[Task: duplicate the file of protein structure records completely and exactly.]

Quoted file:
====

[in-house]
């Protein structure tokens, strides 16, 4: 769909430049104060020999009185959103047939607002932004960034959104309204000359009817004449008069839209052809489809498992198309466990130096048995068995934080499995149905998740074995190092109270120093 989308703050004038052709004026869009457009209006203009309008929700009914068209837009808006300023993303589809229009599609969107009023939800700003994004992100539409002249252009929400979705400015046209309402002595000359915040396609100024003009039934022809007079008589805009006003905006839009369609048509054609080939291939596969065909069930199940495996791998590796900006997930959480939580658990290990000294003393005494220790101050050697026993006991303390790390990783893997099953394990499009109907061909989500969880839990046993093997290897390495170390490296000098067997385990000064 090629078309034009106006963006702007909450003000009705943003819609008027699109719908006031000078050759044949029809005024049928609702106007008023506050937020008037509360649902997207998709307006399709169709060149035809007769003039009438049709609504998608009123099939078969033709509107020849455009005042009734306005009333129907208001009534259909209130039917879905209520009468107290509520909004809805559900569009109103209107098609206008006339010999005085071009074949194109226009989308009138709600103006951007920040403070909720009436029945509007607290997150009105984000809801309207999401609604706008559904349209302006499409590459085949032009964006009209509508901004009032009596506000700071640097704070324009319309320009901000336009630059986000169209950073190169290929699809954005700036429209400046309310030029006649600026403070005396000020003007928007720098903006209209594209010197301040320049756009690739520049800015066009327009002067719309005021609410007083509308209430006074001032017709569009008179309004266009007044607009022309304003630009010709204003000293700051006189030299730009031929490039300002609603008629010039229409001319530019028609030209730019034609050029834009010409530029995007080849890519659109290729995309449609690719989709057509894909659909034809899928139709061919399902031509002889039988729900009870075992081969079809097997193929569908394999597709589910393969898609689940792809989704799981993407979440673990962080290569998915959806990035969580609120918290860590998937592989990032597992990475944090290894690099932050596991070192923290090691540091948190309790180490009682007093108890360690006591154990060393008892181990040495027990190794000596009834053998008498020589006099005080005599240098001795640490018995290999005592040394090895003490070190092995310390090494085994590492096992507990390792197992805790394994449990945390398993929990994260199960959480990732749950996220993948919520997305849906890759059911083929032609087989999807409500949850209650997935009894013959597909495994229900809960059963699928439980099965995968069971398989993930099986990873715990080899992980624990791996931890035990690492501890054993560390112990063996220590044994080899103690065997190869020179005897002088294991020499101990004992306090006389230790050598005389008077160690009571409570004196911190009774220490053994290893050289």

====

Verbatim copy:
[in-house]
């Protein structure tokens, strides 16, 4: 769909430049104060020999009185959103047939607002932004960034959104309204000359009817004449008069839209052809489809498992198309466990130096048995068995934080499995149905998740074995190092109270120093 989308703050004038052709004026869009457009209006203009309008929700009914068209837009808006300023993303589809229009599609969107009023939800700003994004992100539409002249252009929400979705400015046209309402002595000359915040396609100024003009039934022809007079008589805009006003905006839009369609048509054609080939291939596969065909069930199940495996791998590796900006997930959480939580658990290990000294003393005494220790101050050697026993006991303390790390990783893997099953394990499009109907061909989500969880839990046993093997290897390495170390490296000098067997385990000064 090629078309034009106006963006702007909450003000009705943003819609008027699109719908006031000078050759044949029809005024049928609702106007008023506050937020008037509360649902997207998709307006399709169709060149035809007769003039009438049709609504998608009123099939078969033709509107020849455009005042009734306005009333129907208001009534259909209130039917879905209520009468107290509520909004809805559900569009109103209107098609206008006339010999005085071009074949194109226009989308009138709600103006951007920040403070909720009436029945509007607290997150009105984000809801309207999401609604706008559904349209302006499409590459085949032009964006009209509508901004009032009596506000700071640097704070324009319309320009901000336009630059986000169209950073190169290929699809954005700036429209400046309310030029006649600026403070005396000020003007928007720098903006209209594209010197301040320049756009690739520049800015066009327009002067719309005021609410007083509308209430006074001032017709569009008179309004266009007044607009022309304003630009010709204003000293700051006189030299730009031929490039300002609603008629010039229409001319530019028609030209730019034609050029834009010409530029995007080849890519659109290729995309449609690719989709057509894909659909034809899928139709061919399902031509002889039988729900009870075992081969079809097997193929569908394999597709589910393969898609689940792809989704799981993407979440673990962080290569998915959806990035969580609120918290860590998937592989990032597992990475944090290894690099932050596991070192923290090691540091948190309790180490009682007093108890360690006591154990060393008892181990040495027990190794000596009834053998008498020589006099005080005599240098001795640490018995290999005592040394090895003490070190092995310390090494085994590492096992507990390792197992805790394994449990945390398993929990994260199960959480990732749950996220993948919520997305849906890759059911083929032609087989999807409500949850209650997935009894013959597909495994229900809960059963699928439980099965995968069971398989993930099986990873715990080899992980624990791996931890035990690492501890054993560390112990063996220590044994080899103690065997190869020179005897002088294991020499101990004992306090006389230790050598005389008077160690009571409570004196911190009774220490053994290893050289």